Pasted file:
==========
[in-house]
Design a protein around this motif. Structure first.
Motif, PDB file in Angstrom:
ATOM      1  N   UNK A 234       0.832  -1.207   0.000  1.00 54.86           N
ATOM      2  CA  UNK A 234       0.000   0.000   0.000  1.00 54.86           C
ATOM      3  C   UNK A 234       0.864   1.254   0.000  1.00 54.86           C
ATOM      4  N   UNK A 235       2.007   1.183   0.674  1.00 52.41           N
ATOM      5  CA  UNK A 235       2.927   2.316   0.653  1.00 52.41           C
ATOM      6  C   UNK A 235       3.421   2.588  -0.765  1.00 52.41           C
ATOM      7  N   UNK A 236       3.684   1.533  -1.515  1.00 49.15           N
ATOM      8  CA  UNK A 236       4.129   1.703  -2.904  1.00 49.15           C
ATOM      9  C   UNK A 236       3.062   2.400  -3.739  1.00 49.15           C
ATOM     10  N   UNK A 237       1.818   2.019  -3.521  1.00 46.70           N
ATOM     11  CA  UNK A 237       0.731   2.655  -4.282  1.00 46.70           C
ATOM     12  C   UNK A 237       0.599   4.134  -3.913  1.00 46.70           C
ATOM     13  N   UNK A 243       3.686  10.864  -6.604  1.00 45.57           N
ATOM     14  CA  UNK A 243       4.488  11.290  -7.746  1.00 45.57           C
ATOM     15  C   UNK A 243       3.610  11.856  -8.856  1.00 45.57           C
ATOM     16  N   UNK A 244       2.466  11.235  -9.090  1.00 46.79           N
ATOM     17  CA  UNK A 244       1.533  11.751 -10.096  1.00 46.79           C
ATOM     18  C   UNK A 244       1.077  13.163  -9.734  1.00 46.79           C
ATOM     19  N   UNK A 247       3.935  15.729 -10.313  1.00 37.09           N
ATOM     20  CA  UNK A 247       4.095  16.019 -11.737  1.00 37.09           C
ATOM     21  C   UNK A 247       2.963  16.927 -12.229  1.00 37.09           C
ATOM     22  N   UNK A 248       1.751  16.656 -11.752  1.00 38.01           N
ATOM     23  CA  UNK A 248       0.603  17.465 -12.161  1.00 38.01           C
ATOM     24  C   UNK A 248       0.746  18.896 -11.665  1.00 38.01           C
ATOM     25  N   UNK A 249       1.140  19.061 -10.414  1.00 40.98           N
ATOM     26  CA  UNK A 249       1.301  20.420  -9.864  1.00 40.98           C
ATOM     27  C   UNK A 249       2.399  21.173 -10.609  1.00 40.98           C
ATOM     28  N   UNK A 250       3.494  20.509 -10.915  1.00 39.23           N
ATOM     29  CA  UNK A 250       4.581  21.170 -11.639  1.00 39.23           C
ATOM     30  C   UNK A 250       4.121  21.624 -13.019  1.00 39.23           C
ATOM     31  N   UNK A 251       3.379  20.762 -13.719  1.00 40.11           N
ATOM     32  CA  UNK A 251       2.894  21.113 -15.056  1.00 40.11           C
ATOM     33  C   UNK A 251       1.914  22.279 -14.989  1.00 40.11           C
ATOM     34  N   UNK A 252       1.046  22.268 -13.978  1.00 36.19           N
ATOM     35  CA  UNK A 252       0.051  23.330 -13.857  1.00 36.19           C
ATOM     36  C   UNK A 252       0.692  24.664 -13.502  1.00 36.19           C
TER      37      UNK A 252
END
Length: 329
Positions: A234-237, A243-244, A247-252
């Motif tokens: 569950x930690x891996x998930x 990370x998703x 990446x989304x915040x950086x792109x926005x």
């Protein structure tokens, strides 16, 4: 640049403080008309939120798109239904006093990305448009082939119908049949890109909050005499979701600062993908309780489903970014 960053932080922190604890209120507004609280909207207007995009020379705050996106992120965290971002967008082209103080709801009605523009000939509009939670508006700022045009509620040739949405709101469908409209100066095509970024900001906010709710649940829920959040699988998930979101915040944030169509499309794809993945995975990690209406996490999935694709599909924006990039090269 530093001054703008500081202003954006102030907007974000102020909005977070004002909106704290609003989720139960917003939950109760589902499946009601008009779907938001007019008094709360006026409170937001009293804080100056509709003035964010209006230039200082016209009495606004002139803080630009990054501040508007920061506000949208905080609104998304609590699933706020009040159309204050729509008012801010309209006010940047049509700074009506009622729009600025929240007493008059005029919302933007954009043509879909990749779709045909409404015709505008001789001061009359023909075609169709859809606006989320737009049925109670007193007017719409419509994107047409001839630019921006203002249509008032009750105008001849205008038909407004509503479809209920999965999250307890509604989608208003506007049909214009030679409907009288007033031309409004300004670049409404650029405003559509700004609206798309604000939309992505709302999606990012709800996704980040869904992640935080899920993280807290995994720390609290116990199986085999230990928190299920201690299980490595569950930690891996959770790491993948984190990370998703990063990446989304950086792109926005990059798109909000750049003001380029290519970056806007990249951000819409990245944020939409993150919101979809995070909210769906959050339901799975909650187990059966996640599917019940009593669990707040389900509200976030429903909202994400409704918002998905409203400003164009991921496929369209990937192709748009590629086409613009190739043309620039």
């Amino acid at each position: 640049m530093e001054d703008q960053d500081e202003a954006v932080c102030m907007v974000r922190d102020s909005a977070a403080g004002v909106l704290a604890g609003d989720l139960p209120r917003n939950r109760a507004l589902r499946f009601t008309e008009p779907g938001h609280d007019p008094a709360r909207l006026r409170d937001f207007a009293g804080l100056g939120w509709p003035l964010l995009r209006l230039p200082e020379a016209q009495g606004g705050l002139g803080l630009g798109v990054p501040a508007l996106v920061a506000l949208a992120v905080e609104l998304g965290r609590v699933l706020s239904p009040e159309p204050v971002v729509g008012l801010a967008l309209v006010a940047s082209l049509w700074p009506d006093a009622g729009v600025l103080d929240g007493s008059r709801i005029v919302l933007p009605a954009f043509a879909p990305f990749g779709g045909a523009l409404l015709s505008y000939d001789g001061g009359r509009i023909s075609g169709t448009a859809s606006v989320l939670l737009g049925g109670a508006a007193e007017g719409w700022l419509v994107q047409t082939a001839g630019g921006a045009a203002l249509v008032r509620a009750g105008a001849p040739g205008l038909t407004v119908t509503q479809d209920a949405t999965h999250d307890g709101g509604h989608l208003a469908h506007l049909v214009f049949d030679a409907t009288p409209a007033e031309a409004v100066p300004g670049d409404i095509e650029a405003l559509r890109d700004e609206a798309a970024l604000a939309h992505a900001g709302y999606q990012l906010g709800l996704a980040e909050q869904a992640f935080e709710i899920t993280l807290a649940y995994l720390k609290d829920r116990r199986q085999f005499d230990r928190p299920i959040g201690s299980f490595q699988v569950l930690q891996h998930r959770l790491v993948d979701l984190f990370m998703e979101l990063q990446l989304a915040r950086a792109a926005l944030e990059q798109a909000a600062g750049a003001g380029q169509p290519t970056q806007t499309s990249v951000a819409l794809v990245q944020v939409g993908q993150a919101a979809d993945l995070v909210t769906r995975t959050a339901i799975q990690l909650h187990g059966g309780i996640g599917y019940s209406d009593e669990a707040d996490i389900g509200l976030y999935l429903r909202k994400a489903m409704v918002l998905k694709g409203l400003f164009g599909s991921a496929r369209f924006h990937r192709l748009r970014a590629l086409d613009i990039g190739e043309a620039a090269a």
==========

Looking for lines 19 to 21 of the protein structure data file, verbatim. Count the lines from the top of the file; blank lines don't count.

ATOM     16  N   UNK A 244       2.466  11.235  -9.090  1.00 46.79           N
ATOM     17  CA  UNK A 244       1.533  11.751 -10.096  1.00 46.79           C
ATOM     18  C   UNK A 244       1.077  13.163  -9.734  1.00 46.79           C